Riverside and San Bernardino counties continue to have the highest office vacancy rates in the Southern California region in the wake of the Great Recession, but industrial space in the Inland Empire remains in high demand, according to an annual survey released today.
According to the University of Southern California's Casden Industrial and Office Forecast 2012, inland office buildings cannot fill one-fifth of their space, putting a drag on rents.
The forecast showed that the 21.1 percent market-wide vacancy rate rivals rates in neighboring counties. Orange County, for example, had a 16.6 percent rate.
"A building boom has begun once again in the Inland Empire and could temper the improvements in rents and vacancy rates that otherwise would have occurred," said Tracey Seslen, the study's author. "The magnitude of the changes will also depend on manufacturing output, oil prices, U.S. monetary and fiscal policy, and sovereign risk in Europe."
Between the third quarter of 2011 and the third quarter of this year, the office market experienced a 3.6 percent drop in rents, for an average rent of $1.85 per square foot, according to the forecast.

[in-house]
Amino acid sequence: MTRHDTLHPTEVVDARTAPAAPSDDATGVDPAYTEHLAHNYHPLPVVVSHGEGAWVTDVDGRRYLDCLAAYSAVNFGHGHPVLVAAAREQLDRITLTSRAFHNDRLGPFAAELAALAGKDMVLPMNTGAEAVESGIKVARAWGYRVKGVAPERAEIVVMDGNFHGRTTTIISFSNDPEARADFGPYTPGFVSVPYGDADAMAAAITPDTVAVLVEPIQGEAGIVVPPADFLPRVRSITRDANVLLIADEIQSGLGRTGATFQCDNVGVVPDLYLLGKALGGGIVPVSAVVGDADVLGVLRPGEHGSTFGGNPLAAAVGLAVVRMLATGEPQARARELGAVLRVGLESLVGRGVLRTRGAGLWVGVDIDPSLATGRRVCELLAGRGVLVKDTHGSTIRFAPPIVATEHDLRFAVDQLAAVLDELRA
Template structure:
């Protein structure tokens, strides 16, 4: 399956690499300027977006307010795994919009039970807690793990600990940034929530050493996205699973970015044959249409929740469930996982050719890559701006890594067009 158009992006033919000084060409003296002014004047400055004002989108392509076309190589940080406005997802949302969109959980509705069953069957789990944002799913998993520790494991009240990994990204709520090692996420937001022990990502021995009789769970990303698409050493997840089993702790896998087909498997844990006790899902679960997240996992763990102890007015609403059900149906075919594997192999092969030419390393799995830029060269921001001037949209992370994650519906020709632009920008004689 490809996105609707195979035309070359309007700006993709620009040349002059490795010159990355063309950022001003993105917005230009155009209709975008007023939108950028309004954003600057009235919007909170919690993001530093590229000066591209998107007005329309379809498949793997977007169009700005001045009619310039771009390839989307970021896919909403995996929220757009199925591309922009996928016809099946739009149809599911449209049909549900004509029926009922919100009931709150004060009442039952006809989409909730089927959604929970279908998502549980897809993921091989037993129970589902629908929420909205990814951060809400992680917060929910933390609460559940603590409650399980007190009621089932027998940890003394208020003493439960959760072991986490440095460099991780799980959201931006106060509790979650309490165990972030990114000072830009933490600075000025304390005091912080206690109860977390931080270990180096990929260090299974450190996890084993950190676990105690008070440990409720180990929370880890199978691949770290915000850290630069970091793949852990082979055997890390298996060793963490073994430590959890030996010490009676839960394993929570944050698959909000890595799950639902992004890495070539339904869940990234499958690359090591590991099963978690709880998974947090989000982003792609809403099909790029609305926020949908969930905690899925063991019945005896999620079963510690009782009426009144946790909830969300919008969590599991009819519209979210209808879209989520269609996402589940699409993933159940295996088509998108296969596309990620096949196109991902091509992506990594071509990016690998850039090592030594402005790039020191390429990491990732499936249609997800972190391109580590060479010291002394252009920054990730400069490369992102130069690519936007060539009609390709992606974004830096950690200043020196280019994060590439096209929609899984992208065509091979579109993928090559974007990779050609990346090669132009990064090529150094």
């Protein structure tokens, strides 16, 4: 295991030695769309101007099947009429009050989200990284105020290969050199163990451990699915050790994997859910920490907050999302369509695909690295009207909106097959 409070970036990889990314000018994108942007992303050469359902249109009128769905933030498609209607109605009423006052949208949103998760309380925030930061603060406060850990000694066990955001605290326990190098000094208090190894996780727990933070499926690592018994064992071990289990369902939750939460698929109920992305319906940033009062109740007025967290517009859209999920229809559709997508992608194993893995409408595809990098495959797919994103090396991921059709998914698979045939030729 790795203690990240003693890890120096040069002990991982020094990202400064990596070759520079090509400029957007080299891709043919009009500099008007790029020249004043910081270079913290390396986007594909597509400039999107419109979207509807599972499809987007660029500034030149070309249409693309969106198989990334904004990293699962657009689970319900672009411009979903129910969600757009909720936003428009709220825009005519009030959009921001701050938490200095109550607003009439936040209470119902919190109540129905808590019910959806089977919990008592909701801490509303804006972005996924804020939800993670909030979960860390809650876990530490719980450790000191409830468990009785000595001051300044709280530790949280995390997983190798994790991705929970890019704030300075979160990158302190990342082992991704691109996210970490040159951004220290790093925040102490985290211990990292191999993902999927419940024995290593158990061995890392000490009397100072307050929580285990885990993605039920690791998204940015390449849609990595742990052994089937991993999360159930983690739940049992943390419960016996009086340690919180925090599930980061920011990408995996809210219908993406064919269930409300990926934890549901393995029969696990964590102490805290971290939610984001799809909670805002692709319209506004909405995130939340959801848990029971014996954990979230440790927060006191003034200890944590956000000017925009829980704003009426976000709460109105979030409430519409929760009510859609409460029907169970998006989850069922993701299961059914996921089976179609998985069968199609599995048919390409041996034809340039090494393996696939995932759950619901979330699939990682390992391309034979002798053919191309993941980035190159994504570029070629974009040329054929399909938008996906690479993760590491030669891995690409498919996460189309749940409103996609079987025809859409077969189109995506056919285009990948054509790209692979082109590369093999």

The decline, however, compared to a 6.3 percent slip from Q3 2010 to Q3 2011. In the industrial market, space isn't widely available. The vacancy rate for warehouses and similar commercial structures fell 1.7 percentage points in the last year to 4.9 percent, according to the study.
That dovetailed with an increase in asking rents for inland-area industrial space, which goes for an average 35 cents per square foot, compared to 33 cents in 2011. Research for the Casden Industrial and Office Forecast was provided by the Torrance-based Hoyt Organization.